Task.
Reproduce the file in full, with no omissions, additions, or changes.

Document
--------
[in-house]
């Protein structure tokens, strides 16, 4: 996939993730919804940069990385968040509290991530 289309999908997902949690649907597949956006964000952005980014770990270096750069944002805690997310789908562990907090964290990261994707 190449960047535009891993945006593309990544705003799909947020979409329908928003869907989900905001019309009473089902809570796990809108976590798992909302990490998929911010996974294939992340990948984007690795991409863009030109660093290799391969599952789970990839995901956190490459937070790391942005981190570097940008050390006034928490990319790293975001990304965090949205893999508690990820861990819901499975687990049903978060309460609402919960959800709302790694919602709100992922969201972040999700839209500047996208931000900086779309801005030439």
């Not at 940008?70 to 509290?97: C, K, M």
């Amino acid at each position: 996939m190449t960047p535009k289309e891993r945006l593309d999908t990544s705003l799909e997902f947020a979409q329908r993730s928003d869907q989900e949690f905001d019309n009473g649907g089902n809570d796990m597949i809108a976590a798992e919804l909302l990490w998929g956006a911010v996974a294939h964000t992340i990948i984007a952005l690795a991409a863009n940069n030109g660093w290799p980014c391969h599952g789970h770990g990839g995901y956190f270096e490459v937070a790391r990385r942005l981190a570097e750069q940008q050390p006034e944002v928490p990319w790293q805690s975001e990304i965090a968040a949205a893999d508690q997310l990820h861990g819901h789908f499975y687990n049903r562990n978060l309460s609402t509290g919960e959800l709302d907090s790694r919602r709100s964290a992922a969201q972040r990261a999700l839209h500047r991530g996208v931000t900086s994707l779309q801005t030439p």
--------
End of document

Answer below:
[in-house]
């Protein structure tokens, strides 16, 4: 996939993730919804940069990385968040509290991530 289309999908997902949690649907597949956006964000952005980014770990270096750069944002805690997310789908562990907090964290990261994707 190449960047535009891993945006593309990544705003799909947020979409329908928003869907989900905001019309009473089902809570796990809108976590798992909302990490998929911010996974294939992340990948984007690795991409863009030109660093290799391969599952789970990839995901956190490459937070790391942005981190570097940008050390006034928490990319790293975001990304965090949205893999508690990820861990819901499975687990049903978060309460609402919960959800709302790694919602709100992922969201972040999700839209500047996208931000900086779309801005030439």
């Not at 940008?70 to 509290?97: C, K, M």
């Amino acid at each position: 996939m190449t960047p535009k289309e891993r945006l593309d999908t990544s705003l799909e997902f947020a979409q329908r993730s928003d869907q989900e949690f905001d019309n009473g649907g089902n809570d796990m597949i809108a976590a798992e919804l909302l990490w998929g956006a911010v996974a294939h964000t992340i990948i984007a952005l690795a991409a863009n940069n030109g660093w290799p980014c391969h599952g789970h770990g990839g995901y956190f270096e490459v937070a790391r990385r942005l981190a570097e750069q940008q050390p006034e944002v928490p990319w790293q805690s975001e990304i965090a968040a949205a893999d508690q997310l990820h861990g819901h789908f499975y687990n049903r562990n978060l309460s609402t509290g919960e959800l709302d907090s790694r919602r709100s964290a992922a969201q972040r990261a999700l839209h500047r991530g996208v931000t900086s994707l779309q801005t030439p």